World War Film Festival: Ivan’s Childhood: Screening Review – A technical masterpiece

Back in 1962, next to no one knew who Andrei Tarkovsky was. Today, his is a name every cinephile swears by. It is no wonder then, that one of the best world war films to have come out of Russia was a handiwork of this genius filmmaker. Ivan’s Childhood was Tarkovsky’s directorial debut. With his trademark camerawork and nonlinear storytelling, he went on to create cinematic brilliance that finds relevance to this day. 

The film more or less centers around Ivan (Nikolay Burlyaev), a 12-year-old kid orphaned by the war, who works as a spy for the Russian army. His diminutive frame lets him enter enemy lines unencumbered, so that he can relay valuable information back to the Soviet Army. Once he returns, the commander decides to stop putting the boy at risk and educate him. But young Ivan, hellbent on avenging his family, decides to venture into enemy territory once more. 

A parallel plot revolving around a female medical assistant plays out on the sidelines. The woman Masha (Valentina Malyavina) is coveted by a young lieutenant, but she seems aloof. This storyline, though seemingly disconnected, plays a pivotal role in explaining that war has no heroes or villains. War is just regular men succumbing to regular human desires.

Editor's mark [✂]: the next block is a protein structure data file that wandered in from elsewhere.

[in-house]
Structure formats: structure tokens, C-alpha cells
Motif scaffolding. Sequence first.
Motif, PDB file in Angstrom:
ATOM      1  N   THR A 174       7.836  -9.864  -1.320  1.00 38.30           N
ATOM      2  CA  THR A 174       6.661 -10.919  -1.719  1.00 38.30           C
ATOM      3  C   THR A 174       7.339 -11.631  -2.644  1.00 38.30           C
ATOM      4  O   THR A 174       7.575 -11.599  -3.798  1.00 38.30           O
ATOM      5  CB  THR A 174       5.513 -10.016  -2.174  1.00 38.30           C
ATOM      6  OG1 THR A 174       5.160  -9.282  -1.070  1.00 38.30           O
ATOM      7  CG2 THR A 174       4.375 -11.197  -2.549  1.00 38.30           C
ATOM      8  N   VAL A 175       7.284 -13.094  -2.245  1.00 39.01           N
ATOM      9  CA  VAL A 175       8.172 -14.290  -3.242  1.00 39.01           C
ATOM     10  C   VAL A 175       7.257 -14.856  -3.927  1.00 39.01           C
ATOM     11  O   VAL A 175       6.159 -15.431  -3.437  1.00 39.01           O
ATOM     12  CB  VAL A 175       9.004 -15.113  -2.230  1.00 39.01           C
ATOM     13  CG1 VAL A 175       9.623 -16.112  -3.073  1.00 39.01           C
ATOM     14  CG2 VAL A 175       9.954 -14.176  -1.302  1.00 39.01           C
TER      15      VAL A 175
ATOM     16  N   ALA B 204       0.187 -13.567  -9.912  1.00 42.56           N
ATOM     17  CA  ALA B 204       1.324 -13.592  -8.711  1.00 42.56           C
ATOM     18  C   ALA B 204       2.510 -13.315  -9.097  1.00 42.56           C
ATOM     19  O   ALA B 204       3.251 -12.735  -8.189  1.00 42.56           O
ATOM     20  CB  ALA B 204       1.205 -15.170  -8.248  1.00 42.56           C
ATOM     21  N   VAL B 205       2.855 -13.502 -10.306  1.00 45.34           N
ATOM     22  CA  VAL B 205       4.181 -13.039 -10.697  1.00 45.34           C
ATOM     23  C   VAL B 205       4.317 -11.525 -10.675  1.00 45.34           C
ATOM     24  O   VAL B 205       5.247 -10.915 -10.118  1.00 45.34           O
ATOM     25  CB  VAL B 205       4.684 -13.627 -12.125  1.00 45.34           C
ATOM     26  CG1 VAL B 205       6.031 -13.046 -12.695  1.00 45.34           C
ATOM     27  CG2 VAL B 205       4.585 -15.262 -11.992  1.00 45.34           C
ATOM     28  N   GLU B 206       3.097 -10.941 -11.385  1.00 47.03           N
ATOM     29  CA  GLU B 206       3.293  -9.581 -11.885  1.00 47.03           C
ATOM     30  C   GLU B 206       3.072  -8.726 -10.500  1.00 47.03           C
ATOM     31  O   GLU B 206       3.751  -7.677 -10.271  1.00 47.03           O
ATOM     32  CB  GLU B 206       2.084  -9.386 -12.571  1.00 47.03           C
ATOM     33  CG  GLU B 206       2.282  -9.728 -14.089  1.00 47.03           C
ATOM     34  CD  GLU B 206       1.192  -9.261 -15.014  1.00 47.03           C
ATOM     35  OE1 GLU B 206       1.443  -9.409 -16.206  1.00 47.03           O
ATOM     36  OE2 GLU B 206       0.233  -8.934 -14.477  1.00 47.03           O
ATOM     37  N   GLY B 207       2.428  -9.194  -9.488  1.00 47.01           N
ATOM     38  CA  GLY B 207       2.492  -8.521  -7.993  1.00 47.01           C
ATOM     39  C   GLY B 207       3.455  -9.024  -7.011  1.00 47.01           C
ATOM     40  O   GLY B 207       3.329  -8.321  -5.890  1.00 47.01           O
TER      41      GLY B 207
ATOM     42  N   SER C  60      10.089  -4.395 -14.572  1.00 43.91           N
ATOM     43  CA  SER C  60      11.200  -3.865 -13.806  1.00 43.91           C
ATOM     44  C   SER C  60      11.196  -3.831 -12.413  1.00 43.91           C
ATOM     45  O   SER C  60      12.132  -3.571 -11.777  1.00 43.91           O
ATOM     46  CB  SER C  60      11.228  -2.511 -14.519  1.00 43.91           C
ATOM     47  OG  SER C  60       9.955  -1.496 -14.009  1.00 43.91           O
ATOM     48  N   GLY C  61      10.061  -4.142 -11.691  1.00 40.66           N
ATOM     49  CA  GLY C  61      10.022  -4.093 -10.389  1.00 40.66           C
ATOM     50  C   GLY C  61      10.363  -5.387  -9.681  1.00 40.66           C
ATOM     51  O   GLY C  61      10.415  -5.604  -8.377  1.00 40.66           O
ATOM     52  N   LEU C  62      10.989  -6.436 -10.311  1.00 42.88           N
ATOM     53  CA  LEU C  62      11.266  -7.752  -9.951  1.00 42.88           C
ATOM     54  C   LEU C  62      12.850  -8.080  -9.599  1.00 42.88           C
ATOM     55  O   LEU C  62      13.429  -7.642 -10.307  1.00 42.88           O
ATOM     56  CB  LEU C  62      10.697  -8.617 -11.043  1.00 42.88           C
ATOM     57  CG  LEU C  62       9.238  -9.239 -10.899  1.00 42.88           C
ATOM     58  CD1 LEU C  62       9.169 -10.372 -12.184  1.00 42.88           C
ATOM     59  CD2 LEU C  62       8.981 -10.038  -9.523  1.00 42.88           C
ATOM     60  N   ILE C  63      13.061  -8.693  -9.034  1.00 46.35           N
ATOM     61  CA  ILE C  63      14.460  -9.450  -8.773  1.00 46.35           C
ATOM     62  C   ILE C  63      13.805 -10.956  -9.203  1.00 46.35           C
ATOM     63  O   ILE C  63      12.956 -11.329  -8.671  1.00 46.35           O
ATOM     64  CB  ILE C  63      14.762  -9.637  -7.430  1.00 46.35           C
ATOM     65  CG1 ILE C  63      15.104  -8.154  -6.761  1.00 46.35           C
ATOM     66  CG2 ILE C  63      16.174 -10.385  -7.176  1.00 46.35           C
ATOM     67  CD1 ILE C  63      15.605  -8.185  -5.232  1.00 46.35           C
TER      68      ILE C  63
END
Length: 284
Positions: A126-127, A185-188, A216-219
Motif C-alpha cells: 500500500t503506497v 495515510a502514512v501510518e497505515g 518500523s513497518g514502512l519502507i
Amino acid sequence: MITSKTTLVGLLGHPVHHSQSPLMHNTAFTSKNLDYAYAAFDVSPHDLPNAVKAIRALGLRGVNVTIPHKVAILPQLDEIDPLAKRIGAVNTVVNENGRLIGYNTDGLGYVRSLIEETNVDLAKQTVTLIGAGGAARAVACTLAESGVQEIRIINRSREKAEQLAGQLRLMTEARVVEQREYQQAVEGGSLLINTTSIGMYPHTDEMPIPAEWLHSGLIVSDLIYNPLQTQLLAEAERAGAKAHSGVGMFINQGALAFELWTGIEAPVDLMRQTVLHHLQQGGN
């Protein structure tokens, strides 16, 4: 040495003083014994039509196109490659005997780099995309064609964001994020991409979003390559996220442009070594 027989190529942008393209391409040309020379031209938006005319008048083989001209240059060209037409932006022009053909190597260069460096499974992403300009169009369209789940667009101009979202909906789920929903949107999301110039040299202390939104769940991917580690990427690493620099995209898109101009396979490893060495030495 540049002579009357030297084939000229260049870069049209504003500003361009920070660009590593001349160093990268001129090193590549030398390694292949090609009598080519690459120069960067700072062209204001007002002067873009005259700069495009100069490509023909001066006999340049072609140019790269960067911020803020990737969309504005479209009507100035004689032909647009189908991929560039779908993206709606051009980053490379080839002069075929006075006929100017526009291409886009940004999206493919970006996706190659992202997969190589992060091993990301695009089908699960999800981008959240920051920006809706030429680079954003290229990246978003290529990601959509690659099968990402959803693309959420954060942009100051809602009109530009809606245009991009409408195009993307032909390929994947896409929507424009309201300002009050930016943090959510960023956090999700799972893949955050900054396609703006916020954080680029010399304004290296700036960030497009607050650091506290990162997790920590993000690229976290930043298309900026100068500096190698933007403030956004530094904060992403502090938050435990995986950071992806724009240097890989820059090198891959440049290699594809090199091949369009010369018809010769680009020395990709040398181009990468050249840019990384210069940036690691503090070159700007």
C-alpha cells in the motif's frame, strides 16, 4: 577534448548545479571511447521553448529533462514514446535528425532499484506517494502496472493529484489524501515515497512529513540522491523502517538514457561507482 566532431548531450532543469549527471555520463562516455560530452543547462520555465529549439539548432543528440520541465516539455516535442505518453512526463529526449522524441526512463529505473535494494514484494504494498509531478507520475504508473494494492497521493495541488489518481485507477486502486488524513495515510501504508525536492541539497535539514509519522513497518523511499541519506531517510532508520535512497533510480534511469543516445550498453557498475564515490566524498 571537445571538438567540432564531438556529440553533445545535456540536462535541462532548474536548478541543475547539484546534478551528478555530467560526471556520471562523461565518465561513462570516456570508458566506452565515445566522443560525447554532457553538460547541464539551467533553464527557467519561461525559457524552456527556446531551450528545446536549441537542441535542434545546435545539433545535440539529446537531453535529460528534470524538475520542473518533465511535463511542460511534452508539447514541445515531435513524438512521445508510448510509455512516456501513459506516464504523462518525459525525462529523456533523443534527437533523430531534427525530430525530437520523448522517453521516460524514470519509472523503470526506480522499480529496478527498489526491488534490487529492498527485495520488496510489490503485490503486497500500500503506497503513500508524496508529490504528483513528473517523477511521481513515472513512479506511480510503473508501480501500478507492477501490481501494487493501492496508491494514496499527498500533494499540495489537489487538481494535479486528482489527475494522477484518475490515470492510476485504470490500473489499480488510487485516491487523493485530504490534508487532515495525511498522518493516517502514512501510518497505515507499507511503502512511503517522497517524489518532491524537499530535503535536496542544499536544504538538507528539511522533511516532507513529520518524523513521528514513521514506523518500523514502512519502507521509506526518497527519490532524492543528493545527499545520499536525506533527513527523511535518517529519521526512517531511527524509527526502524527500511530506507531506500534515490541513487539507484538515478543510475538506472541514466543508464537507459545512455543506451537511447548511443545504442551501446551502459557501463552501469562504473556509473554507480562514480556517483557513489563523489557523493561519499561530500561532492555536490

It is indeed rare for any film to be as immersive in its approach as Ivan’s Childhood. By using graceful POV shots, Tarkovsky makes sure we feel one with Ivan’s sorrow and angst. There’s crisp editing at work so no scene feels drawn out or cut short. One scene in particular sees the camera pan along the wide expanse of the beach, before stopping abruptly to give us a glimpse of two dead youths. This scene, like several others, sends shivers down your spine with its sheer honesty. 

Shot in rich black and white, Ivan’s Childhood set the benchmark for cinematography back in the day. I mean, we are talking Tarkovsky here. The man who made a fan out Ingmar Bergman. The dialogues are splendidly uttered in silence, with the music only added to add tension once in a while. In today’s age, where movies overdose on blare horns for every establishing shot, one often forgets the importance of quiet in a scene. This is a film that hits all the right notes to send the right message. 

Kudos to the folks at Matterden (formerly Deepak Talkies) to have brought this wonderful piece of cinema to the people of Mumbai. The theatre will be presenting one world war based movie everyday till May 14, 2015 as a part of its World War Festival. If you love world war movies like Life is Beautiful and Schindler’s List, then you should definitely catch the other lesser known movies that are stoic in their own rights.

Why should you watch this film? 

All in all, Ivan’s Childhood is a powerhouse of a film that leaves you saddened and elated at the same time. The innocence of a boy twisted and turned into an object of hate by the war makes for a tale that will live on for ages to come. 

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